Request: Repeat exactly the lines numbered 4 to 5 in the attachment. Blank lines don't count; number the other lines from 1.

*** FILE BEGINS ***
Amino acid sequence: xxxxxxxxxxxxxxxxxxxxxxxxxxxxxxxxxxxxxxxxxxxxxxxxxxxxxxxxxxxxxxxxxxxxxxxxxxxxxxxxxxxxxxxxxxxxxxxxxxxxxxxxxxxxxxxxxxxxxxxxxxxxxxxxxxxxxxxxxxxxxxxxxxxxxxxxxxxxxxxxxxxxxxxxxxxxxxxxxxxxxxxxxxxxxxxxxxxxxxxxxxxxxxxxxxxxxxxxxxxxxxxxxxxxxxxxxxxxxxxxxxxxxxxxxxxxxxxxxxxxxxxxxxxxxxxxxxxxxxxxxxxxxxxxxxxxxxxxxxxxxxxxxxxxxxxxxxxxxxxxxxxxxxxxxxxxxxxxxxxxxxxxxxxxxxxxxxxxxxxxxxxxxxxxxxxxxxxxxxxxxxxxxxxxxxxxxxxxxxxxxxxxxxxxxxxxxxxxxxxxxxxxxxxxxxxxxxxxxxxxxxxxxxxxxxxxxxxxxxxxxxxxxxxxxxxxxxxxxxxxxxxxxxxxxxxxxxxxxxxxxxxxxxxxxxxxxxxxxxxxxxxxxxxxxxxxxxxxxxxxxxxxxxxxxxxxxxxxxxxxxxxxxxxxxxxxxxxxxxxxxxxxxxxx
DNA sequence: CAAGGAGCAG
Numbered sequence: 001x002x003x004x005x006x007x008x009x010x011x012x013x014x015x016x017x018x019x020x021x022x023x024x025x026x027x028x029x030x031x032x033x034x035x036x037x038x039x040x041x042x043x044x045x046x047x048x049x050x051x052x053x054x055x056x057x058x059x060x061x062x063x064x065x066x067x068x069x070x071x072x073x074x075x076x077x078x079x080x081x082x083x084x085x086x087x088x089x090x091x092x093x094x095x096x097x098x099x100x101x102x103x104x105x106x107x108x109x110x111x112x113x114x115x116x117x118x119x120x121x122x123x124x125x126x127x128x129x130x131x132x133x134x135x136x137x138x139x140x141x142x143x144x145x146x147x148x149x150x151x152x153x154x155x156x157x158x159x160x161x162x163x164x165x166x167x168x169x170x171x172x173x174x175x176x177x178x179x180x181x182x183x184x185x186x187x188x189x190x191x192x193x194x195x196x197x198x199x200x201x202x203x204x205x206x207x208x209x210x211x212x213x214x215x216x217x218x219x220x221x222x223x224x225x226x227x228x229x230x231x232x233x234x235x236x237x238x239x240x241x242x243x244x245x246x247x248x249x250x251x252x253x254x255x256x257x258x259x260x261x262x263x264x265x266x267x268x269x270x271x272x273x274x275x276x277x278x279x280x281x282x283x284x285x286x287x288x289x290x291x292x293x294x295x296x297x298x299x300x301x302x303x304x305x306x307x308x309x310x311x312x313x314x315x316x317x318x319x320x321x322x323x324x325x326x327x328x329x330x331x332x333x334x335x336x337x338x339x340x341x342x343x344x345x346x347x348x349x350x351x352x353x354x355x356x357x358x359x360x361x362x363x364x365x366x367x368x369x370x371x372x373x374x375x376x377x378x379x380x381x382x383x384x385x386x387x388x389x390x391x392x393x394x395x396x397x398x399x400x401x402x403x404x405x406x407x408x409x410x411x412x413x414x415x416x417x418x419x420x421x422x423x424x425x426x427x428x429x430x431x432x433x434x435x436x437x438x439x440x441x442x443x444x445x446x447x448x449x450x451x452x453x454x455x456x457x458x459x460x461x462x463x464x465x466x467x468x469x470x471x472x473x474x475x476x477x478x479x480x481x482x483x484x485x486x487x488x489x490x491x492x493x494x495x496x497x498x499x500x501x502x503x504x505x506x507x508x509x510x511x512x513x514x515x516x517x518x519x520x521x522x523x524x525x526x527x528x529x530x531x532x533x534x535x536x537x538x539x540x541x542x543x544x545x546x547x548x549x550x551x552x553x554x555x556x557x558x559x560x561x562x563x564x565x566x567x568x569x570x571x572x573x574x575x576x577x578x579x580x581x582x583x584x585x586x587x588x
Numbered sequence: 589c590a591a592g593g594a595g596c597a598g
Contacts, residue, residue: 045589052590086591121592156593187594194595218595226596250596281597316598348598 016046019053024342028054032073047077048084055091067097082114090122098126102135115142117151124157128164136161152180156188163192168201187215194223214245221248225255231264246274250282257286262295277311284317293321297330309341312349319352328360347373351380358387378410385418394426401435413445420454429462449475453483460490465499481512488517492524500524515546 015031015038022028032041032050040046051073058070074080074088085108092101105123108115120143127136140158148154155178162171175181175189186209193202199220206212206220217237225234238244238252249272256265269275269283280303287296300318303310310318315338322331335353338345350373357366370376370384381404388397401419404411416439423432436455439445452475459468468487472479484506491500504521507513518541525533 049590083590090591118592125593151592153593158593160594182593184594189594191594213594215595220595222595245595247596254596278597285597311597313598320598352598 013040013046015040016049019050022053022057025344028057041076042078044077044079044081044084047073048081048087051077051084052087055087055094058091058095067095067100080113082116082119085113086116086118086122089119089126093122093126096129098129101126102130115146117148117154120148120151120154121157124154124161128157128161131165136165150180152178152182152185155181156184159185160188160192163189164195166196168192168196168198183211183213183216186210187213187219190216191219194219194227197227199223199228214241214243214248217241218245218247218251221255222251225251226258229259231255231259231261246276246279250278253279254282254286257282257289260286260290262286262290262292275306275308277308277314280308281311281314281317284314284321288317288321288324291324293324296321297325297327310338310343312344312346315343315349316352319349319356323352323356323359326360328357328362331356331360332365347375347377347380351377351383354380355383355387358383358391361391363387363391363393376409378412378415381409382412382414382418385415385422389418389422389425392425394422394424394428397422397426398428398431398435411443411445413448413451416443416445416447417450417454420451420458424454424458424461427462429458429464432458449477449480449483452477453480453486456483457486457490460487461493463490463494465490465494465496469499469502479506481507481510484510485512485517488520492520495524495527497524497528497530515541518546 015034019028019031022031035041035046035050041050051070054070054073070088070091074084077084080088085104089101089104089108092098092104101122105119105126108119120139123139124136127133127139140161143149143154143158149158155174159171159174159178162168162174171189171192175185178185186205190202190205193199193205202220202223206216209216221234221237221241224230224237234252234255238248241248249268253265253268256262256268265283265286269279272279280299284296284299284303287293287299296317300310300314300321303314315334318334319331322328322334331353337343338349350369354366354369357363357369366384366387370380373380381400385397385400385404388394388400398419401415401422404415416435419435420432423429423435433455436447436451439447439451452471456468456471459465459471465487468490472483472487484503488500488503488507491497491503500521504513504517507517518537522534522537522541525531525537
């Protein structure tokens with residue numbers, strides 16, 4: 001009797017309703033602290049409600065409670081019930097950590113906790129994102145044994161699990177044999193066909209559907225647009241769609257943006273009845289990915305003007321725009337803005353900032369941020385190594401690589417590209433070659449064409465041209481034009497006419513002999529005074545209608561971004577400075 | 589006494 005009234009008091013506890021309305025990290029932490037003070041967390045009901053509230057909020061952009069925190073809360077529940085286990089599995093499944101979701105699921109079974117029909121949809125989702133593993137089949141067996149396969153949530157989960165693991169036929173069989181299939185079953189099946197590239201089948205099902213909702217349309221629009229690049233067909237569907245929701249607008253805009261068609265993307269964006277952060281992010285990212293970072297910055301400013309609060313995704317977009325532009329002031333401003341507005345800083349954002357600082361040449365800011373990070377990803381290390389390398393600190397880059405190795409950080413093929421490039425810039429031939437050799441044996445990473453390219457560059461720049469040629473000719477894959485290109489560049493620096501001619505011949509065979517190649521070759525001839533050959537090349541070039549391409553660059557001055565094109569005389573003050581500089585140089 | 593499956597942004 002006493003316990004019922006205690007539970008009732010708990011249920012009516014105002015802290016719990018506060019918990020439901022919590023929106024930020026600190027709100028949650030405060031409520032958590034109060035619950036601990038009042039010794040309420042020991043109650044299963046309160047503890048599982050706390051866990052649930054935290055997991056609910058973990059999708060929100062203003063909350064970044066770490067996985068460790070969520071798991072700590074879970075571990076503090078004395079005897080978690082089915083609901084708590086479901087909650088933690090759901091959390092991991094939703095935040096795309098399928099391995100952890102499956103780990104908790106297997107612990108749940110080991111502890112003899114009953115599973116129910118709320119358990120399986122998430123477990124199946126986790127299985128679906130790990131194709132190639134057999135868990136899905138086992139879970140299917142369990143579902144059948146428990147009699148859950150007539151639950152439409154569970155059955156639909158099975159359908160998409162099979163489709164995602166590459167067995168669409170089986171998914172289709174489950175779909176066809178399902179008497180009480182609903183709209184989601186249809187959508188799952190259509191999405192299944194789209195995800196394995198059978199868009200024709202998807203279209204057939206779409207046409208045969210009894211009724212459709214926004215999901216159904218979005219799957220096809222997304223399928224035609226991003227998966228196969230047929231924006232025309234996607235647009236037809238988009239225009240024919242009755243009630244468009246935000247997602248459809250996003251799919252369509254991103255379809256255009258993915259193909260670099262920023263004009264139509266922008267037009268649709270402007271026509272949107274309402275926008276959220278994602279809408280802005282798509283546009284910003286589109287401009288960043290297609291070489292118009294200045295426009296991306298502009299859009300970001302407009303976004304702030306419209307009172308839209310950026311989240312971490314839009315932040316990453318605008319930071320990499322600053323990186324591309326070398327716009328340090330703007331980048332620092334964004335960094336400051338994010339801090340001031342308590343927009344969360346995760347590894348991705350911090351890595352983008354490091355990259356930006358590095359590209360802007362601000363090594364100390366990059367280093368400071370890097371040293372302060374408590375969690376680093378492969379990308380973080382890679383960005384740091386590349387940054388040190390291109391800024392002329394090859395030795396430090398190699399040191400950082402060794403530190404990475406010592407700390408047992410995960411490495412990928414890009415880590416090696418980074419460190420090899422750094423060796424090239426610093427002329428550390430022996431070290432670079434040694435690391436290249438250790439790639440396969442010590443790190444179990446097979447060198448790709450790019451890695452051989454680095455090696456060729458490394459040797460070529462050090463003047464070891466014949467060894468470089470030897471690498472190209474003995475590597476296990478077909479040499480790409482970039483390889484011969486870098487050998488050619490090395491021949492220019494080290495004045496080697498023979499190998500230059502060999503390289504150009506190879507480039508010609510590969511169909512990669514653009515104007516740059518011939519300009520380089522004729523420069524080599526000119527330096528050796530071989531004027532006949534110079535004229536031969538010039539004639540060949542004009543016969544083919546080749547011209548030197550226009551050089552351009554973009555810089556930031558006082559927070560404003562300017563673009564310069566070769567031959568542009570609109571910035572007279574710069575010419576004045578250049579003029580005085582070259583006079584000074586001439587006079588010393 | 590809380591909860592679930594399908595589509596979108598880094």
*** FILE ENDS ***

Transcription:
Numbered sequence: 589c590a591a592g593g594a595g596c597a598g
Contacts, residue, residue: 045589052590086591121592156593187594194595218595226596250596281597316598348598 016046019053024342028054032073047077048084055091067097082114090122098126102135115142117151124157128164136161152180156188163192168201187215194223214245221248225255231264246274250282257286262295277311284317293321297330309341312349319352328360347373351380358387378410385418394426401435413445420454429462449475453483460490465499481512488517492524500524515546 015031015038022028032041032050040046051073058070074080074088085108092101105123108115120143127136140158148154155178162171175181175189186209193202199220206212206220217237225234238244238252249272256265269275269283280303287296300318303310310318315338322331335353338345350373357366370376370384381404388397401419404411416439423432436455439445452475459468468487472479484506491500504521507513518541525533 049590083590090591118592125593151592153593158593160594182593184594189594191594213594215595220595222595245595247596254596278597285597311597313598320598352598 013040013046015040016049019050022053022057025344028057041076042078044077044079044081044084047073048081048087051077051084052087055087055094058091058095067095067100080113082116082119085113086116086118086122089119089126093122093126096129098129101126102130115146117148117154120148120151120154121157124154124161128157128161131165136165150180152178152182152185155181156184159185160188160192163189164195166196168192168196168198183211183213183216186210187213187219190216191219194219194227197227199223199228214241214243214248217241218245218247218251221255222251225251226258229259231255231259231261246276246279250278253279254282254286257282257289260286260290262286262290262292275306275308277308277314280308281311281314281317284314284321288317288321288324291324293324296321297325297327310338310343312344312346315343315349316352319349319356323352323356323359326360328357328362331356331360332365347375347377347380351377351383354380355383355387358383358391361391363387363391363393376409378412378415381409382412382414382418385415385422389418389422389425392425394422394424394428397422397426398428398431398435411443411445413448413451416443416445416447417450417454420451420458424454424458424461427462429458429464432458449477449480449483452477453480453486456483457486457490460487461493463490463494465490465494465496469499469502479506481507481510484510485512485517488520492520495524495527497524497528497530515541518546 015034019028019031022031035041035046035050041050051070054070054073070088070091074084077084080088085104089101089104089108092098092104101122105119105126108119120139123139124136127133127139140161143149143154143158149158155174159171159174159178162168162174171189171192175185178185186205190202190205193199193205202220202223206216209216221234221237221241224230224237234252234255238248241248249268253265253268256262256268265283265286269279272279280299284296284299284303287293287299296317300310300314300321303314315334318334319331322328322334331353337343338349350369354366354369357363357369366384366387370380373380381400385397385400385404388394388400398419401415401422404415416435419435420432423429423435433455436447436451439447439451452471456468456471459465459471465487468490472483472487484503488500488503488507491497491503500521504513504517507517518537522534522537522541525531525537